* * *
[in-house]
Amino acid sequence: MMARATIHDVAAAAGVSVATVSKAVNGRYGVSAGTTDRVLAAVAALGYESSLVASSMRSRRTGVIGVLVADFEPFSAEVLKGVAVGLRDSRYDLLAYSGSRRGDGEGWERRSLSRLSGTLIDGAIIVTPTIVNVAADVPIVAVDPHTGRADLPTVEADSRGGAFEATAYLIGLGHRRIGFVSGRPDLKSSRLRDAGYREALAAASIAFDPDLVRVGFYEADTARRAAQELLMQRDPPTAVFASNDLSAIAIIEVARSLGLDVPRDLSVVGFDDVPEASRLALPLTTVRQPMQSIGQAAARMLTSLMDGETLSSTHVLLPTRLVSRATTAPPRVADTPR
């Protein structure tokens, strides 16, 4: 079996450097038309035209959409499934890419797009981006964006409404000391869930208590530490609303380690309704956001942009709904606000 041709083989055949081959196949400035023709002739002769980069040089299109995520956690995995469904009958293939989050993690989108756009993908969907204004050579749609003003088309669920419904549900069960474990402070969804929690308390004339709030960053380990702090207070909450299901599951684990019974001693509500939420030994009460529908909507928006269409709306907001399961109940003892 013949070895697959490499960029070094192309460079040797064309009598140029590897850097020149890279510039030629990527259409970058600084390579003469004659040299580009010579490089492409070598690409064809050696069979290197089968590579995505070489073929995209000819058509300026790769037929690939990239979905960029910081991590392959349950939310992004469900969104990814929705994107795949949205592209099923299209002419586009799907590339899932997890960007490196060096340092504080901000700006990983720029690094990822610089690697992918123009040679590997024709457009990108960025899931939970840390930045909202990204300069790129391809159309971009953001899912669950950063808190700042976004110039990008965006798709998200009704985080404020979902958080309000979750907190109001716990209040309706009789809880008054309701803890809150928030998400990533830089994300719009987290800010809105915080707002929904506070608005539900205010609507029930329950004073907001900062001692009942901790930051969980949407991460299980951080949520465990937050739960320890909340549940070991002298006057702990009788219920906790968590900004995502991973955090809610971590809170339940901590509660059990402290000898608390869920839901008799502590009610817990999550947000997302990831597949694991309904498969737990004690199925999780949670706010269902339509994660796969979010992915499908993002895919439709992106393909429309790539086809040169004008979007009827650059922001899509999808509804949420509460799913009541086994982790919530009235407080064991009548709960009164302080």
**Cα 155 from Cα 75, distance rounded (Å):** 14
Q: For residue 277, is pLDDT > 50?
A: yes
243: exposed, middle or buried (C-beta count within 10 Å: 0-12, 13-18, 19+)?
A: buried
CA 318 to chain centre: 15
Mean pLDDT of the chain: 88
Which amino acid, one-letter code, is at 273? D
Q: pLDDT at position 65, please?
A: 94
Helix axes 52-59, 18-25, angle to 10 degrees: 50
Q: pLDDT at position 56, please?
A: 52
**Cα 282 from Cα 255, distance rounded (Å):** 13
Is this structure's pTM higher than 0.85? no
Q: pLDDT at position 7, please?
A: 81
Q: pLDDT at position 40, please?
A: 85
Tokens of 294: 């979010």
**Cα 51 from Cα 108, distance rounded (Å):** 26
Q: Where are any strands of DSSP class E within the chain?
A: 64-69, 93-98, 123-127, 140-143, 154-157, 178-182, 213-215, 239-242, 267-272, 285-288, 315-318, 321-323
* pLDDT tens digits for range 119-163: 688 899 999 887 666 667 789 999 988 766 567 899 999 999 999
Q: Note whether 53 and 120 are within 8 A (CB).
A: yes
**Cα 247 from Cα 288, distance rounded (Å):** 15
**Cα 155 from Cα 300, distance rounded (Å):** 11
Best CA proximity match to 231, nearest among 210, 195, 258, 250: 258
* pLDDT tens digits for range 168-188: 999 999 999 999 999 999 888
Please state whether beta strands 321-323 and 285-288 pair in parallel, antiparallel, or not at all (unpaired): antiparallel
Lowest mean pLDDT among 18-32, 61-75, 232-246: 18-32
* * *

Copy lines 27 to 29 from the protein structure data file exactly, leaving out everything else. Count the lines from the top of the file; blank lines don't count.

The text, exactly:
* pLDDT tens digits for range 119-163: 688 899 999 887 666 667 789 999 988 766 567 899 999 999 999
Q: Note whether 53 and 120 are within 8 A (CB).
A: yes